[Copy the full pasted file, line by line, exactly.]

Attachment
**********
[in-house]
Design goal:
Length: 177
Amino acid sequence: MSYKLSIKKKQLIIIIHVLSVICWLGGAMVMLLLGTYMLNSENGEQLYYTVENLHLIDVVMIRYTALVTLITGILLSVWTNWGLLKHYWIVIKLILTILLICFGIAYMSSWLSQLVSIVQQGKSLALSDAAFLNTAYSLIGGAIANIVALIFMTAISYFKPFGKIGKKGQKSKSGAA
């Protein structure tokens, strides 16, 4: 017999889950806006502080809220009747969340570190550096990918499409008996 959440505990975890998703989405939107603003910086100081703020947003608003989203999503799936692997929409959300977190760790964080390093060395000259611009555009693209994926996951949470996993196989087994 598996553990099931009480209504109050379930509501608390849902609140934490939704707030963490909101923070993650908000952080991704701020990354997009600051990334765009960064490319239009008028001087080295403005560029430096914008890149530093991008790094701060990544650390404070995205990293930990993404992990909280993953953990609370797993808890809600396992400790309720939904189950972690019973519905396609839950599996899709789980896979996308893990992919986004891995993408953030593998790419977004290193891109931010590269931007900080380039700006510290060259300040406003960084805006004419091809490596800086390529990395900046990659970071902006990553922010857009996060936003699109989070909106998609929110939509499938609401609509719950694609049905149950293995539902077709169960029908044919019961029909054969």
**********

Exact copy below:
[in-house]
Design goal:
Length: 177
Amino acid sequence: MSYKLSIKKKQLIIIIHVLSVICWLGGAMVMLLLGTYMLNSENGEQLYYTVENLHLIDVVMIRYTALVTLITGILLSVWTNWGLLKHYWIVIKLILTILLICFGIAYMSSWLSQLVSIVQQGKSLALSDAAFLNTAYSLIGGAIANIVALIFMTAISYFKPFGKIGKKGQKSKSGAA
């Protein structure tokens, strides 16, 4: 017999889950806006502080809220009747969340570190550096990918499409008996 959440505990975890998703989405939107603003910086100081703020947003608003989203999503799936692997929409959300977190760790964080390093060395000259611009555009693209994926996951949470996993196989087994 598996553990099931009480209504109050379930509501608390849902609140934490939704707030963490909101923070993650908000952080991704701020990354997009600051990334765009960064490319239009008028001087080295403005560029430096914008890149530093991008790094701060990544650390404070995205990293930990993404992990909280993953953990609370797993808890809600396992400790309720939904189950972690019973519905396609839950599996899709789980896979996308893990992919986004891995993408953030593998790419977004290193891109931010590269931007900080380039700006510290060259300040406003960084805006004419091809490596800086390529990395900046990659970071902006990553922010857009996060936003699109989070909106998609929110939509499938609401609509719950694609049905149950293995539902077709169960029908044919019961029909054969």